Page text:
DAGMARA HYDRO-ELECTRIC PROJECT

  • Recently, a Memorandum of Understanding (MoU) has been signed between National Hydro Power Corporation (NHPC) Limited and Bihar State Hydroelectric Power Corporation Limited (BSHPC) for Implementation of Dagmara Hydro-Electric Project, Supaul, Bihar.
  • NHPC is a Category-A Miniratna Company under the Ministry of Power, in the field of Hydropower.
  • It is the largest organisation for hydropower development in India, currently, NHPC has 24 operational power stations with a total installed capacity of 7071 Mega Watt (MW).

Important points:

  • The project is located near village Dagmara on the right bank and Simri on the left bank, about 22.5 km downstream of Bhimnagar barrage on Kosi river.
  • It is a Run-of-the-River scheme. Run-of-river hydro projects use the natural downward flow of rivers and micro turbine generators to capture the kinetic energy carried by water.
  • Typically water is taken from the river at a high point and diverted to a channel, pipeline, or pressurised pipeline (or penstock).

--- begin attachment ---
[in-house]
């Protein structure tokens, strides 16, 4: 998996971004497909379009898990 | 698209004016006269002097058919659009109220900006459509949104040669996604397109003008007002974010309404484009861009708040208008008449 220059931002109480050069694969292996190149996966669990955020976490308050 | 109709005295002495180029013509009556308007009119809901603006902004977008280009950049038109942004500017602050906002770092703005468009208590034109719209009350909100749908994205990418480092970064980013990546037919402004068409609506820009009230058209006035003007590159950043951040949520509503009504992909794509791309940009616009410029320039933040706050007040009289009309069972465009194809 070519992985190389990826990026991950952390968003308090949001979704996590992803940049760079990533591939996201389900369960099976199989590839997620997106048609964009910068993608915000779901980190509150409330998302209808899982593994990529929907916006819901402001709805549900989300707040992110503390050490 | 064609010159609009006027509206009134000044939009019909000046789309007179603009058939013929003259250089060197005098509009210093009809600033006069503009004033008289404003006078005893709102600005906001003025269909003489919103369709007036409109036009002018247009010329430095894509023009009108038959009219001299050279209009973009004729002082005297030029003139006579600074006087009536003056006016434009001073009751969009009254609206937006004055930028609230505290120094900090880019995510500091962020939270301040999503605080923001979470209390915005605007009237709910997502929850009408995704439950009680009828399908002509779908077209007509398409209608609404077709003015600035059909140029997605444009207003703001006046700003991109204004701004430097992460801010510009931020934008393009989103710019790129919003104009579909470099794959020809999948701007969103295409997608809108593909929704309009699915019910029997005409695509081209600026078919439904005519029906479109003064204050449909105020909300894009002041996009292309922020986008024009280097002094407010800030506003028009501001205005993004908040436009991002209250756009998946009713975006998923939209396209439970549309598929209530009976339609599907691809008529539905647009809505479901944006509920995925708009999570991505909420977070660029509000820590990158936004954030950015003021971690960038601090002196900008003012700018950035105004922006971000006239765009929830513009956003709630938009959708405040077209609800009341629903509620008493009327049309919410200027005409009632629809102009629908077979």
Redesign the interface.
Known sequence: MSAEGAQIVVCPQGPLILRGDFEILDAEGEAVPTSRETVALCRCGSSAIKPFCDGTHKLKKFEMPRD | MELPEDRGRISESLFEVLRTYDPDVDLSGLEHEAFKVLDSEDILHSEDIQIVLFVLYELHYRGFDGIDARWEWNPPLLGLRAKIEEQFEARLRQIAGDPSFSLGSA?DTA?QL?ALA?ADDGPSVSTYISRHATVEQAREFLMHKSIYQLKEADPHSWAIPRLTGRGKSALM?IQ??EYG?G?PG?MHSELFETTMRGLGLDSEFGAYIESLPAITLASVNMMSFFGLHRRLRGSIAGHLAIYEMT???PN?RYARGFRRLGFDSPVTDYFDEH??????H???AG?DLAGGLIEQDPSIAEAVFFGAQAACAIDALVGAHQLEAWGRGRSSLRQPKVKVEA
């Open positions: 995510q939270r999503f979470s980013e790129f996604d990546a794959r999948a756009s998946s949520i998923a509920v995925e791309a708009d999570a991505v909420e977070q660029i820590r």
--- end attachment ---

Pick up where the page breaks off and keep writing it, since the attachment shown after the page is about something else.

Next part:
• The project will have the total capacity of generating 130 MW energy, in which 17 units of 7.65 MW will be installed for power generation.
  • The estimated cost of construction of this project is at Rs. 2478.24 crore.
  • It will be a landmark project in the power sector scenario of Bihar as far as green power is concerned.
  • Apart from generating clean and green power, the execution will boost the socio-economic and infrastructure development in the area and shall also create employment opportunities.

Kosi River

  • The Kosi is a trans-boundary river which flows through Tibet, Nepal and India.
  • It has its source in Tibet that includes the world’s highest upland; it then drains a large part of Nepal before emerging onto the Gangetic plains.
  • Its three major tributaries, the Sun Kosi, Arun and Tamur meet at one point just upstream of a 10 km gorge cut through the Himalayan foothills.
  • The river crosses into northern Bihar, India where it branches into distributaries before joining the Ganges near Kursela in Katihar district.
  • Its unstable nature has been attributed to course changes and the heavy silt it carries during the monsoon season, and flooding in India has extreme effects.
  • The Kosi carries the maximum amount of silt and sand after the Brahmaputra in India.
  • It is also known as the “Sorrow of Bihar” as the annual floods affect about 21,000 km2 of fertile agricultural lands thereby disturbing the rural economy.

SOURCE: THE HINDU,THE ECONOMIC TIMES,MINT

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